Jan 06 2022

What to Know About Ransomware Crisis Planning

In the event that a ransomware attack hits a healthcare organization, leaders need to have a defined strategy already prepared.

Healthcare providers continue to find themselves in ransomware’s crosshairs.

An analysis of ransomware attacks during the first half of 2021 found that more attacks occurred during the first half of that year than during all of 2020, according to software company Cognyte. That’s an alarming statistic alone, but it’s even more disturbing to learn that 70 of those attacks targeted the healthcare industry.

Building a strong cybersecurity program can help protect organizations against ransomware, but no controls are foolproof. The risk remains that an attack will slip through even the best-designed defenses and bring a healthcare provider to its digital knees.

Organizations must take steps today to prepare for a ransomware crisis, including considerations for payment and partnering with an incident response firm. 

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Develop a Payment Strategy in Case of a Ransomware Attack

The primary question facing any hospital experiencing a ransomware attack is whether they should pay the ransom. This is an extremely difficult decision, and it’s best to think it through before an incident occurs, rather than in the heat of the moment. 

On one hand, paying the ransom offers the possibility of a quick and easy resolution of the emergency. On the other, ransom payments present legal, ethical and operational issues that organizations must consider.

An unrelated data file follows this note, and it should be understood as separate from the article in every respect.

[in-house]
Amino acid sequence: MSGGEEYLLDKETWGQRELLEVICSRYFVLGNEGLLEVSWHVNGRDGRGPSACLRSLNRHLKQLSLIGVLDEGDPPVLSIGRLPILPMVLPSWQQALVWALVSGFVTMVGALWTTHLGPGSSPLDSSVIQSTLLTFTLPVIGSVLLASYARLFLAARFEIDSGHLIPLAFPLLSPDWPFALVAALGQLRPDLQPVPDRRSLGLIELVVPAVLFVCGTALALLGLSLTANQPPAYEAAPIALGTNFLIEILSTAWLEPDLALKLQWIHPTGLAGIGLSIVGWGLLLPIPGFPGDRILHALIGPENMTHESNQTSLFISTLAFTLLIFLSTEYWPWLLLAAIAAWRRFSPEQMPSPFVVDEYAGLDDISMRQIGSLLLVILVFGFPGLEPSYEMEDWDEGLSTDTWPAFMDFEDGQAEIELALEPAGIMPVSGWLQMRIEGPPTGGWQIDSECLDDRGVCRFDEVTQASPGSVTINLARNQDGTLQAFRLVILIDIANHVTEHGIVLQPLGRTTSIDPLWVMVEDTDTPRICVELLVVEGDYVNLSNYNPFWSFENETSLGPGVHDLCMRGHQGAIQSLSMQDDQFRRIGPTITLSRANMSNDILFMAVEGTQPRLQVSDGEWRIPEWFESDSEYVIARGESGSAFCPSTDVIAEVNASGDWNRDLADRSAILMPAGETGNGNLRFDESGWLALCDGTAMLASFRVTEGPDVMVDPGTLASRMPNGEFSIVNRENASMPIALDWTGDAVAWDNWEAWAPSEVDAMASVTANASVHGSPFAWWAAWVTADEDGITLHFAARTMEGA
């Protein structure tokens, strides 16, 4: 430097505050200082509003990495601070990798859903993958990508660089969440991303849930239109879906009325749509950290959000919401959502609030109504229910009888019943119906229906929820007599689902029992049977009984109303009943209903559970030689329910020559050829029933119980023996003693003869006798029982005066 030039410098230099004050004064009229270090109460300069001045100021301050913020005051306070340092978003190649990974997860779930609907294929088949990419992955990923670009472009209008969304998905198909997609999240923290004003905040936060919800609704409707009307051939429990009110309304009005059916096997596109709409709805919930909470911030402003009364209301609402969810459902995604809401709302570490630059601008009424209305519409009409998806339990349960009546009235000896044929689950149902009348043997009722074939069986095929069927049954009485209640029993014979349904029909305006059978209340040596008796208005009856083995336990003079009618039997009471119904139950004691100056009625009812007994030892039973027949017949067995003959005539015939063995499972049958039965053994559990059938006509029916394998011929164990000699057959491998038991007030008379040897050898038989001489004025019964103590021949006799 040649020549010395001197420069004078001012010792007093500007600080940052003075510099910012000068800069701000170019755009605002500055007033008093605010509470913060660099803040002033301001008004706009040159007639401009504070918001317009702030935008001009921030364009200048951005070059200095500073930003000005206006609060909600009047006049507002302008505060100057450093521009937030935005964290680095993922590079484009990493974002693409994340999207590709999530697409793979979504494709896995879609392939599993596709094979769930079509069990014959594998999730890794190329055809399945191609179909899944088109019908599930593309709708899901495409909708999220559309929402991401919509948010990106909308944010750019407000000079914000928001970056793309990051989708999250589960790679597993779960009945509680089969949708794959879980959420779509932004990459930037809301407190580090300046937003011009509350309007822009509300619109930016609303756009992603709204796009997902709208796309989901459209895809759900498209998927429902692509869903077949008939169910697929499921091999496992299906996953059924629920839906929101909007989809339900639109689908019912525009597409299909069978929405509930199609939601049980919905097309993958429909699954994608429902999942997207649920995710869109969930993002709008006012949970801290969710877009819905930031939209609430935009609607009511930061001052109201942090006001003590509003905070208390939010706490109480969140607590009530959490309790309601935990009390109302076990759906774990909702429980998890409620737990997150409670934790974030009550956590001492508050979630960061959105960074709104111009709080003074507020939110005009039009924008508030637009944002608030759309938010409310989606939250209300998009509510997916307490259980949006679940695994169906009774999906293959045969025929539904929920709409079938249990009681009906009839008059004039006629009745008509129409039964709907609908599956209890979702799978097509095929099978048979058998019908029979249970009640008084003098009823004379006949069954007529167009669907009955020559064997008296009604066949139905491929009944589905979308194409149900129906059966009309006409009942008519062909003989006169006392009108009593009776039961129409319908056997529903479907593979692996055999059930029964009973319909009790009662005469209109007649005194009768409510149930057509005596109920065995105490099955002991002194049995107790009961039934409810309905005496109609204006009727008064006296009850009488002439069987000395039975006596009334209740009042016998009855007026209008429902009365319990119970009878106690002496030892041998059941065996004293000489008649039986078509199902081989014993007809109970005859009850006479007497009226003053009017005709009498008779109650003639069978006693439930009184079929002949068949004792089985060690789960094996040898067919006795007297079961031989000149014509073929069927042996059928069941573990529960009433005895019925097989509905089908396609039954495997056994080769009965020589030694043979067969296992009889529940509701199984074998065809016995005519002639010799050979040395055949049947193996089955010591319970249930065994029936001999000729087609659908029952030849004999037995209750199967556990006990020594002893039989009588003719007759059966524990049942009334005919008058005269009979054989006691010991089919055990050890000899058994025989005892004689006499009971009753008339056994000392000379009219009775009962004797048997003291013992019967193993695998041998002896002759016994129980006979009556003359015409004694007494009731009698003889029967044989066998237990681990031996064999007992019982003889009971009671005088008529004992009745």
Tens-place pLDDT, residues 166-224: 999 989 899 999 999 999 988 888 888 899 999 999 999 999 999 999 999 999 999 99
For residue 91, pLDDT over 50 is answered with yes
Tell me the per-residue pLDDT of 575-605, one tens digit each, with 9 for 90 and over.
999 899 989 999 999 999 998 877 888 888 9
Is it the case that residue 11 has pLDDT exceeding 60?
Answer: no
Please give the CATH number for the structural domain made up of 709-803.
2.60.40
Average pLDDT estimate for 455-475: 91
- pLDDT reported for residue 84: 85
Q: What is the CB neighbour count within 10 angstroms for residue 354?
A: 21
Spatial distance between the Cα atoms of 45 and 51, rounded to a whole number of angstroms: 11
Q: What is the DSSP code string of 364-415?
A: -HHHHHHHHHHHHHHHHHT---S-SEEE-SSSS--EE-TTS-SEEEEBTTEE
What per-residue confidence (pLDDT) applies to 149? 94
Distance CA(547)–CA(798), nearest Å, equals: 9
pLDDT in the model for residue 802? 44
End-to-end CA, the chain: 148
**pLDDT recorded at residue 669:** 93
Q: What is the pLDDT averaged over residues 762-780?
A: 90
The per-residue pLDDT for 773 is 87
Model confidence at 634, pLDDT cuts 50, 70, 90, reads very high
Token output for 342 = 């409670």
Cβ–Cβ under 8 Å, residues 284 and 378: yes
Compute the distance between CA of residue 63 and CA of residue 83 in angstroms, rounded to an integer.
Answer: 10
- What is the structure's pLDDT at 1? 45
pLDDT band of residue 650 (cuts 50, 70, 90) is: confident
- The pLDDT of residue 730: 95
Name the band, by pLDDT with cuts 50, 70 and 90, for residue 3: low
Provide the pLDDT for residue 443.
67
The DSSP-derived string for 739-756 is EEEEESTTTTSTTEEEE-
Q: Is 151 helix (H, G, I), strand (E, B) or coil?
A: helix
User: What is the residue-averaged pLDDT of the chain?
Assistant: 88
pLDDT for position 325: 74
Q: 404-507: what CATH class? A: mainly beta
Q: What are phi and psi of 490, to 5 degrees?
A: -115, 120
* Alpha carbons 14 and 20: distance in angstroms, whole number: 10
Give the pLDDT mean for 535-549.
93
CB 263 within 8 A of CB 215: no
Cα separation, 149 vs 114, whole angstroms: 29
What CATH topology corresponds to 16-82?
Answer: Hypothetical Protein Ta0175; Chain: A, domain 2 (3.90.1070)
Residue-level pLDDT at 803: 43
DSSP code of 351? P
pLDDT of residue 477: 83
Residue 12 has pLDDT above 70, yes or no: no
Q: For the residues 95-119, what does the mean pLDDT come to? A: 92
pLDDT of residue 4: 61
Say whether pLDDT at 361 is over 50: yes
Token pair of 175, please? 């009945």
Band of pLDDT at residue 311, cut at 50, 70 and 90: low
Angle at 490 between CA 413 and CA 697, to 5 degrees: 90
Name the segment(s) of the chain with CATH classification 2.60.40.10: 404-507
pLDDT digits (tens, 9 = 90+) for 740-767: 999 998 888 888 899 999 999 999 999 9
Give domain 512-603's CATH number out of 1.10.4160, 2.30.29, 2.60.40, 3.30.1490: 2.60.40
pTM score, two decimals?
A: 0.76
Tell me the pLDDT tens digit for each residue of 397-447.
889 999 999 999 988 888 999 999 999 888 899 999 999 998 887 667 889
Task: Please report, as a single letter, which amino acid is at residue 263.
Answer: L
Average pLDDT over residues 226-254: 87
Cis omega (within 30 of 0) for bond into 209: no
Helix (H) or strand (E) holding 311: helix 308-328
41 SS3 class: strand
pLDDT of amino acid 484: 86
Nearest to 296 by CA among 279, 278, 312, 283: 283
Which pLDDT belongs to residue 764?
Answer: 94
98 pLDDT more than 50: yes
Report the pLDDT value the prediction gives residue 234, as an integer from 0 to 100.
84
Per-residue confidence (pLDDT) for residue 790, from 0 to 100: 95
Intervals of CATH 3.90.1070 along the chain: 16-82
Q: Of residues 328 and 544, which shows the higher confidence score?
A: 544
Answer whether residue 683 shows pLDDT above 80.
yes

As hospitals wrestle with the question, they should seek legal guidance to ensure that they don’t run afoul of any laws or regulations. For example, the U.S. Treasury’s Office of Foreign Asset Control recently published guidance declaring that some ransomware payments may violate federal law. Navigating these regulations can be quite tricky, and legal expertise is definitely required.

READ MORE: Learn how to create a strong security culture at your healthcare organization.

From an ethical perspective, paying a ransom rewards wrongdoing and encourages future attacks. Healthcare administrators must weigh this generalized concern against the very real and imminent risk to patient safety during a ransomware attack.

Finally, there’s no guarantee that the attacker will deliver the decryption key required to end the attack after receiving the ransom payment. Most attackers do deliver the key, but organizations considering any payment should research the past habits of their attacker to the extent possible. Consulting threat intelligence reports may provide valuable insight.

Engage an Incident Response Firm

Ransomware attacks may be technically sophisticated, and organizations that quickly engage subject matter experts will likely experience better outcomes. These experts can provide information about similar attacks against other organizations, identify whether attempting to reverse the infection is feasible, and guide the hospital through the incident response process. The hospital and IT team may be experiencing their first ransomware incident, but these subject matter experts handle them every day.